The complete guide to upgrading your PC

30th Aug 2009 | 11:00

The complete guide to upgrading your PC

How to revitalise an ageing computer - whatever your budget


According to Microsoft, less than five per cent of end users of its operating systems open up their machines. Given that upgrading is one of the cornerstones of what has traditionally made the PC such an attractive platform, that's an amazing statistic.

Why aren't more of us extending the life of our machines with a simple upgrade? Has our throwaway society really reached the point where it's easier to replace the whole machine rather than keep it up to date by upgrading?

Perhaps people worry that their warranties will be invalidated, or think that swopping components around is more hassle than it's worth. Is Microsoft making upgrading desktop computers tougher than it should be?

That five per cent statistic surfaced in defence to Microsoft's policy on having to reactivate Windows when you change a significant number of components in your machine. Adding more memory or replacing the graphics card shouldn't incur the wrath of Redmond. But touch the motherboard or the main hard drive, and you'll probably need to reach for the phone.

Reactivating Windows is little more than an annoyance, though, so it's hardly a deterrent. Is the real reason simply that upgrading has become too complex and expensive? Over the next few pages we'll look at the many different options available, what tricks you need to bear in mind when physically upgrading and what you need to look for when considering a prospective upgrade.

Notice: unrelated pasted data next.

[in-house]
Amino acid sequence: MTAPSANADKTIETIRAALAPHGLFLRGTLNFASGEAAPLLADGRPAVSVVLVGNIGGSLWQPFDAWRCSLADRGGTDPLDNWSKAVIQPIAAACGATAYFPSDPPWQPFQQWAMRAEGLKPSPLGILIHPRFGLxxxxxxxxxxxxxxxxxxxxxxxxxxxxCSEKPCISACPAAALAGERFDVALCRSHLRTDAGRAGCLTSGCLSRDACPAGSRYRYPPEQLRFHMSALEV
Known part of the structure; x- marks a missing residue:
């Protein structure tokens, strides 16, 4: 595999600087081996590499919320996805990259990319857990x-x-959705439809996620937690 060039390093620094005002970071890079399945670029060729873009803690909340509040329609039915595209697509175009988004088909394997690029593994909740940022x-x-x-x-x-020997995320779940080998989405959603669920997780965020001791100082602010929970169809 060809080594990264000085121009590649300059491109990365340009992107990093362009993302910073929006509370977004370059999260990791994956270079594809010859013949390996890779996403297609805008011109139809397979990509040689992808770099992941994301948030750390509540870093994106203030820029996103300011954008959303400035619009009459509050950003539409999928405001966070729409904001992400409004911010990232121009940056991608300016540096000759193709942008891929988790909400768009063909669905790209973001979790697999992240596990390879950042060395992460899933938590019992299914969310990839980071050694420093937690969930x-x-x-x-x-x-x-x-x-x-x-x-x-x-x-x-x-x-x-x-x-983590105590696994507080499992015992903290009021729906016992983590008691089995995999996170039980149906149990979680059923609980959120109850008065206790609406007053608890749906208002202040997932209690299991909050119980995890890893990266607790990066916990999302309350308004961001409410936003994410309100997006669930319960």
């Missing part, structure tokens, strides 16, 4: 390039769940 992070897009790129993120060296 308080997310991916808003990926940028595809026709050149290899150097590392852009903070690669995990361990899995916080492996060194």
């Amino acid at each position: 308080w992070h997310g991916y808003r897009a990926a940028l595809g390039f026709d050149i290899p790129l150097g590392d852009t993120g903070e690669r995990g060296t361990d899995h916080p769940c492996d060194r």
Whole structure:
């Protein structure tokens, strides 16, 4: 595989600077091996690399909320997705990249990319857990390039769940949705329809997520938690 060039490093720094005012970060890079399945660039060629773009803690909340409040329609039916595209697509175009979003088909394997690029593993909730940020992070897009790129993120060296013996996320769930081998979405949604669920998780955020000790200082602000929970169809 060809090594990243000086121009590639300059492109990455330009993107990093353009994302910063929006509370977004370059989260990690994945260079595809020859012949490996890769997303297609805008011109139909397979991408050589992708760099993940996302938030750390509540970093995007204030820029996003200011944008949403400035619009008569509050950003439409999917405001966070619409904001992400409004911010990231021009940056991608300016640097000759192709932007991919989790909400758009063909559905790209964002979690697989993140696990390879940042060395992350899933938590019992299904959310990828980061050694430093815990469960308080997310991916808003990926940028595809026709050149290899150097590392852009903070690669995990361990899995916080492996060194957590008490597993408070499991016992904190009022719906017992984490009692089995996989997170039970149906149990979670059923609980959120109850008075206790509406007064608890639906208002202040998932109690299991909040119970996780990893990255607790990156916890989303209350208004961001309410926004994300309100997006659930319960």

We'll also look at the performance advantages of some of the key components and the trends and big releases that will change the upgrading landscape in the coming months. Upgrading your machine isn't a dark art. So while delving into the depths of your PC case might sound scary, don't be frightened. Let us take you by the hand and ease you into getting started on making some essential upgrades to your system.


Picking a motherboard isn't like picking any other component in your machine – it's less of a component and more of an assertion of a choice of platform. How you pick a motherboard is more about everything else that's going to end up in your machine rather than which features you would like on it.

Your choice of motherboard can essentially be reduced to asking which of the two CPU manufacturers you want to patronise, as Intel and AMD haven't shared a common platform since the days of the 486. So only once you've picked your processor can you decide which motherboard you want to use in your system.


MOBO CHOICES:Don't spend more than you need to – pick a motherboard that has features that you'll actually use

The latest platforms from Intel and AMD represent a fundamental change in the role of the motherboard. Both Intel's Core i7 and all of AMD's Athlon/Phenom/Phenom II CPUs now feature integrated memory controllers. At the most basic level, this means that the raw performance that used to separate the various motherboard chipsets has vanished.